‘It was pandemonium’ - Norfolk newsagents hit hard after Extinction Rebellion protest
- Credit: Dersingham News
Newsagents across Norfolk faced “pandemonium” as customers were left without their daily newspapers which is set to cost business owners thousands.
After an Extinction Rebellion protest outside of at a printing press in Broxbourne on Saturday many were left wondering when they would receive their daily paper.
The Eastern Daily Press and Norwich Evening News were amongst the newspapers affected and printing was moved to another site, in Watford, in an effort to get them out to readers.
They were unable to print on Saturday, but the EDP and Norwich Evening News weekend editions have been available in shops on Sunday and a large number of home deliveries were also made on the day.
At Dersingham News, business owner Mike Rivers, said he could not believe the impact that it had on his business and his customers.
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He said: “The impact was enormous. The telephone didn’t stop ringing, people very upset they wouldn’t get the paper and asking questions we couldn’t answer.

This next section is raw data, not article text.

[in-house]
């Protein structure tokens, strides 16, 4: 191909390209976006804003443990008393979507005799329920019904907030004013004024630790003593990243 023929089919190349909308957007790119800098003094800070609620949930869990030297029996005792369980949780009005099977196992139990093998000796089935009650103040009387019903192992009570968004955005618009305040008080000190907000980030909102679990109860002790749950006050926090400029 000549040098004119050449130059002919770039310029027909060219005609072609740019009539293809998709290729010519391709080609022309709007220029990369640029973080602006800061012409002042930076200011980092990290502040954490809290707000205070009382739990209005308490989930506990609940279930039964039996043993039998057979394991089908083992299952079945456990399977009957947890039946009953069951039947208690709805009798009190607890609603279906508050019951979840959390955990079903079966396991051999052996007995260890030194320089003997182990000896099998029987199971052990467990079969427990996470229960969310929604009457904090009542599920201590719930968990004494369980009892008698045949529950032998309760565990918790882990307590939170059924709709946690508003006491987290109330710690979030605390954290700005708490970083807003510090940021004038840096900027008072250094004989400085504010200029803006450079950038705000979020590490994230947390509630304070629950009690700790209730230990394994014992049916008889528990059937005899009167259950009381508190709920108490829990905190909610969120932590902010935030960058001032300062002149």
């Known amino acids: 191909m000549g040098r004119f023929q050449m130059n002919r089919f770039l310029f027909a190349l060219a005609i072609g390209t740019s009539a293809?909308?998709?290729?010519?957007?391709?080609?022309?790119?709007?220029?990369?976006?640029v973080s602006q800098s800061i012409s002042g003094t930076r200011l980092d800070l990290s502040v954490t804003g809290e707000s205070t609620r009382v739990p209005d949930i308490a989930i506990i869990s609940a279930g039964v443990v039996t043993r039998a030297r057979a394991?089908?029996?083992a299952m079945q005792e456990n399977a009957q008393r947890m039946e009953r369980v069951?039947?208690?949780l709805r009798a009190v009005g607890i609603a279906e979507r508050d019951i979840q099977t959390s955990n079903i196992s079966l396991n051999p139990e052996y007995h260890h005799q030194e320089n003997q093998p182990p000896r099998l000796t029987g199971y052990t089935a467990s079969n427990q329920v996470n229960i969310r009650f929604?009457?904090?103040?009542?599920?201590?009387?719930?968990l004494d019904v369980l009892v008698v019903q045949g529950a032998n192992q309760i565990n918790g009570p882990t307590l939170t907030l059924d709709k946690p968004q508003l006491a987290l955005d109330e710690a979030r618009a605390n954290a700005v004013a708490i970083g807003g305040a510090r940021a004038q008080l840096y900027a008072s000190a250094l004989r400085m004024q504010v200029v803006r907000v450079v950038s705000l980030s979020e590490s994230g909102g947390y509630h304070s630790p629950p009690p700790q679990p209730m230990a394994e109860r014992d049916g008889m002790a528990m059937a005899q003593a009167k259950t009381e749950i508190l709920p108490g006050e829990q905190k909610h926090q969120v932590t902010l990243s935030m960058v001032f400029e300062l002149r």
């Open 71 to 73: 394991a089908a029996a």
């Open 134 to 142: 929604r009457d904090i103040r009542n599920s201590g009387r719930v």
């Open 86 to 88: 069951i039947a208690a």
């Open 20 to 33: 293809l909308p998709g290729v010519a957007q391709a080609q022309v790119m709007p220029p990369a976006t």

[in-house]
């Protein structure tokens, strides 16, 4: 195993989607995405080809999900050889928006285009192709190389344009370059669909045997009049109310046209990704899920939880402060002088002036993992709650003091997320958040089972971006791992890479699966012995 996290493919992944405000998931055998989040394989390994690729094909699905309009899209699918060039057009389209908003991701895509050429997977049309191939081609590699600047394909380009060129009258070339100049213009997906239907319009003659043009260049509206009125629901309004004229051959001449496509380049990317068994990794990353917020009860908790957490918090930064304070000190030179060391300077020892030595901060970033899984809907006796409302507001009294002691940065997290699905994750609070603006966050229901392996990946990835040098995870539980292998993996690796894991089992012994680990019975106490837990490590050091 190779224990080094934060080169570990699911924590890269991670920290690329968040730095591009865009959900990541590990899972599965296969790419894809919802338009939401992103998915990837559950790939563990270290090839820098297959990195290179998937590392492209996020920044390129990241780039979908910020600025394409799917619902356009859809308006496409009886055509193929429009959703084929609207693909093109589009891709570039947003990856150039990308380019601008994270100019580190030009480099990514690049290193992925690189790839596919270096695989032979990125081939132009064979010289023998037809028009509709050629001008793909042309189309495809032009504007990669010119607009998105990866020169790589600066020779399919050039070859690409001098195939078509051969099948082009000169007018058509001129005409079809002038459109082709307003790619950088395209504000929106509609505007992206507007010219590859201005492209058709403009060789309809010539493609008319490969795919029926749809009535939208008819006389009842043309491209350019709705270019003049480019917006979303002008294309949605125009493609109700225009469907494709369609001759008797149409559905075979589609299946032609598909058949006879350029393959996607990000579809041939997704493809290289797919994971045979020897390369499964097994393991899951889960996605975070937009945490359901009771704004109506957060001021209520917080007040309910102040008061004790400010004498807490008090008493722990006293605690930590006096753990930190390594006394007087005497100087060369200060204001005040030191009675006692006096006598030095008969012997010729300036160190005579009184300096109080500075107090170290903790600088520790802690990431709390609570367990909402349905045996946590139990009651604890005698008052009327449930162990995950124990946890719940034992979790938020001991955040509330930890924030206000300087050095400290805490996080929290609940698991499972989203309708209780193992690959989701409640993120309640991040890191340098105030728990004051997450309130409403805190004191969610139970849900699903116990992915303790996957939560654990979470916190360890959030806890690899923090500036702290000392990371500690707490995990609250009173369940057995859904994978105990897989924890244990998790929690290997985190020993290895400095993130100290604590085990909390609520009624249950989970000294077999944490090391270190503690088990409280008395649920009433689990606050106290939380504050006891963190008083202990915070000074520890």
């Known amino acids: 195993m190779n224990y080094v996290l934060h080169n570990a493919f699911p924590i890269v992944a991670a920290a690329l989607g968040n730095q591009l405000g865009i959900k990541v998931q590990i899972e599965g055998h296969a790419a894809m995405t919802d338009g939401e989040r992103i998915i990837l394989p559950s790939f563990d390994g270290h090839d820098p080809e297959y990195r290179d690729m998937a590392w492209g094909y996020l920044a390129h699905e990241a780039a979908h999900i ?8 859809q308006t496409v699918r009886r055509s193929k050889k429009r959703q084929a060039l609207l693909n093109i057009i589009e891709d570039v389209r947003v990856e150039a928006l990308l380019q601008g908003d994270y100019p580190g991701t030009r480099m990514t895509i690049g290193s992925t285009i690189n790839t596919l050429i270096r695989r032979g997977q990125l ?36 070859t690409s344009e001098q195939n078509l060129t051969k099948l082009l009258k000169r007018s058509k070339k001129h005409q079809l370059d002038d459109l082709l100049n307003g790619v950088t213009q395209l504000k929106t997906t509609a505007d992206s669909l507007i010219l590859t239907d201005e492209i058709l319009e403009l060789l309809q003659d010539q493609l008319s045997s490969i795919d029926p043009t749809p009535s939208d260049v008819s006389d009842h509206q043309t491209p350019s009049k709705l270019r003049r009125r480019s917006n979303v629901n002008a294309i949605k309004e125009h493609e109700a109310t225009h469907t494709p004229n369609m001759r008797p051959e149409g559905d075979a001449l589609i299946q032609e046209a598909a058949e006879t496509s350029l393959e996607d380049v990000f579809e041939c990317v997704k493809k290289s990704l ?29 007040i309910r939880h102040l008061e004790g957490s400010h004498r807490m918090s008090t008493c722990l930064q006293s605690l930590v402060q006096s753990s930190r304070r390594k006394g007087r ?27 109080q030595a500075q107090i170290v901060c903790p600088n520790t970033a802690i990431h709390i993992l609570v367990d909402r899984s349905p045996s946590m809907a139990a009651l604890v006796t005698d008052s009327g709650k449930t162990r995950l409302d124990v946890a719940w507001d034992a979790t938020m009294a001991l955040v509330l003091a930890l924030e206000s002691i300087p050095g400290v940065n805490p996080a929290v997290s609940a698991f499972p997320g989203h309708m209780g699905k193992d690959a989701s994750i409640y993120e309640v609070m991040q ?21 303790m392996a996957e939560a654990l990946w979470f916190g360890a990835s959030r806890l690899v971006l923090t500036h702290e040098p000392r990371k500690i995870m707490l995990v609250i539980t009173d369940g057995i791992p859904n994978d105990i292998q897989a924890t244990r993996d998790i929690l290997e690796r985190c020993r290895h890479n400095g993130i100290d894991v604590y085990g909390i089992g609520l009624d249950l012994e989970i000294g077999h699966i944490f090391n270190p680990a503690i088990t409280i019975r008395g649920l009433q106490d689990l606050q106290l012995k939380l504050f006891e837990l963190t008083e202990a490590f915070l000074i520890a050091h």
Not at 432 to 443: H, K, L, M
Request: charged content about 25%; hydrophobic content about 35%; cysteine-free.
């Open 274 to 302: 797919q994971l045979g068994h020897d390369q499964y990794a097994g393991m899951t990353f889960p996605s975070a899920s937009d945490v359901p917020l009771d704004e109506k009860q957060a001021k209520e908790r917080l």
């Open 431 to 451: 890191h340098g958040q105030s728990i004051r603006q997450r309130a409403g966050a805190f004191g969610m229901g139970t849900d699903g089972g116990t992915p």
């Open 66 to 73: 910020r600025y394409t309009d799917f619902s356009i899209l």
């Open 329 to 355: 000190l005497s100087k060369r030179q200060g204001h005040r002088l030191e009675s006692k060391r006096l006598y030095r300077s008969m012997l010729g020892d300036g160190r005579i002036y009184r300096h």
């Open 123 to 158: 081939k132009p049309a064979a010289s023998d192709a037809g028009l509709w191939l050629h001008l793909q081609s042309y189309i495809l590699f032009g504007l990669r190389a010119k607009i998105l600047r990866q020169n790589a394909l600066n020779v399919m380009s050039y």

“It was just pandemonium all morning.
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“I cannot believe the impact that it has had and the damage it has done, the support and sympathy from readers has gone out of the window.
“They have alienated 90pc of the public from that one action.”
He added: “We have self-employed men and women who deliver to over 1,000 customer across 15 villages in west Norfolk.
“We had them standing by all morning so it spoiled their day as well.
“It was terrible but the worst part was that older people didn’t understand what was going on and trying to explain that to them was quite a problem.”
James Browse, from News Delivery, a home delivery business based in Halvergate, said they lost around £1,400 on Saturday.
“It has impacted us greatly,” said Mr Browse.
“But the biggest impact is financial, because we still paid out for wages but we had no money coming in, we didn’t receive the delivery income or the newspaper commission.
“We had 2,000 customers across Norfolk who didn’t receive a newspaper.
“From a business point of view after Covid, it’s really not what we needed.
“Saturday is the worst day to hit us, that is when the most papers are delivered and the day when we have the most readers.”
Scott Saunders, from Newsklip newsagents in Fakenham, added: “Financially it has hit us very hard.
“With what is going on with Covid this year, it has been challenging and testing times so for this to happen as well is very hard.
“The protestors haven’t thought about it all and how people’s livelihoods are on the line, including the drivers, couriers and everyone involved.
“We deliver to about 1,200 homes and it affected about 800 customers on Saturday, most of which are of an elderly age, so it’s a massive hit for them too.”